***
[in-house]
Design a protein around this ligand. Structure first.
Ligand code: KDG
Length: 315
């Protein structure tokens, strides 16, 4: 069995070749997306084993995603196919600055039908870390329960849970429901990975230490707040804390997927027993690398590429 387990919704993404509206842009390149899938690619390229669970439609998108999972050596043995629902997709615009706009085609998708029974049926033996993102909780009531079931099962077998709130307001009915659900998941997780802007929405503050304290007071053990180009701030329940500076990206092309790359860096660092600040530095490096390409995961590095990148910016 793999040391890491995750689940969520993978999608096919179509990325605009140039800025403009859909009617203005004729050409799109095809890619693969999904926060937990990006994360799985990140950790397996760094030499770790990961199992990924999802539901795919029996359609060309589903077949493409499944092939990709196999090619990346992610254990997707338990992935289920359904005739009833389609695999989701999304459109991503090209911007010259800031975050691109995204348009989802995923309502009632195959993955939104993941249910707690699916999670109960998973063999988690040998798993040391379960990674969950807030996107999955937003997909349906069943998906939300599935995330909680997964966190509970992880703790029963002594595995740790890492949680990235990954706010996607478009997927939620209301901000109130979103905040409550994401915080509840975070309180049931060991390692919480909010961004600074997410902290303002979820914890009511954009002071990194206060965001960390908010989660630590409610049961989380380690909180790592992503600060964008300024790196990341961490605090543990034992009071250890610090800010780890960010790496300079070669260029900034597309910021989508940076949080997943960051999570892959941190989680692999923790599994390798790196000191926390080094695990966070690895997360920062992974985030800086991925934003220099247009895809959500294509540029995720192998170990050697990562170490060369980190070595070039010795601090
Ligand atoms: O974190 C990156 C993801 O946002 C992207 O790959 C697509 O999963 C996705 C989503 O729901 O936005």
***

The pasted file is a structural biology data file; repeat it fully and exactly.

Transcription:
[in-house]
Design a protein around this ligand. Structure first.
Ligand code: KDG
Length: 315
């Protein structure tokens, strides 16, 4: 069995070749997306084993995603196919600055039908870390329960849970429901990975230490707040804390997927027993690398590429 387990919704993404509206842009390149899938690619390229669970439609998108999972050596043995629902997709615009706009085609998708029974049926033996993102909780009531079931099962077998709130307001009915659900998941997780802007929405503050304290007071053990180009701030329940500076990206092309790359860096660092600040530095490096390409995961590095990148910016 793999040391890491995750689940969520993978999608096919179509990325605009140039800025403009859909009617203005004729050409799109095809890619693969999904926060937990990006994360799985990140950790397996760094030499770790990961199992990924999802539901795919029996359609060309589903077949493409499944092939990709196999090619990346992610254990997707338990992935289920359904005739009833389609695999989701999304459109991503090209911007010259800031975050691109995204348009989802995923309502009632195959993955939104993941249910707690699916999670109960998973063999988690040998798993040391379960990674969950807030996107999955937003997909349906069943998906939300599935995330909680997964966190509970992880703790029963002594595995740790890492949680990235990954706010996607478009997927939620209301901000109130979103905040409550994401915080509840975070309180049931060991390692919480909010961004600074997410902290303002979820914890009511954009002071990194206060965001960390908010989660630590409610049961989380380690909180790592992503600060964008300024790196990341961490605090543990034992009071250890610090800010780890960010790496300079070669260029900034597309910021989508940076949080997943960051999570892959941190989680692999923790599994390798790196000191926390080094695990966070690895997360920062992974985030800086991925934003220099247009895809959500294509540029995720192998170990050697990562170490060369980190070595070039010795601090
Ligand atoms: O974190 C990156 C993801 O946002 C992207 O790959 C697509 O999963 C996705 C989503 O729901 O936005």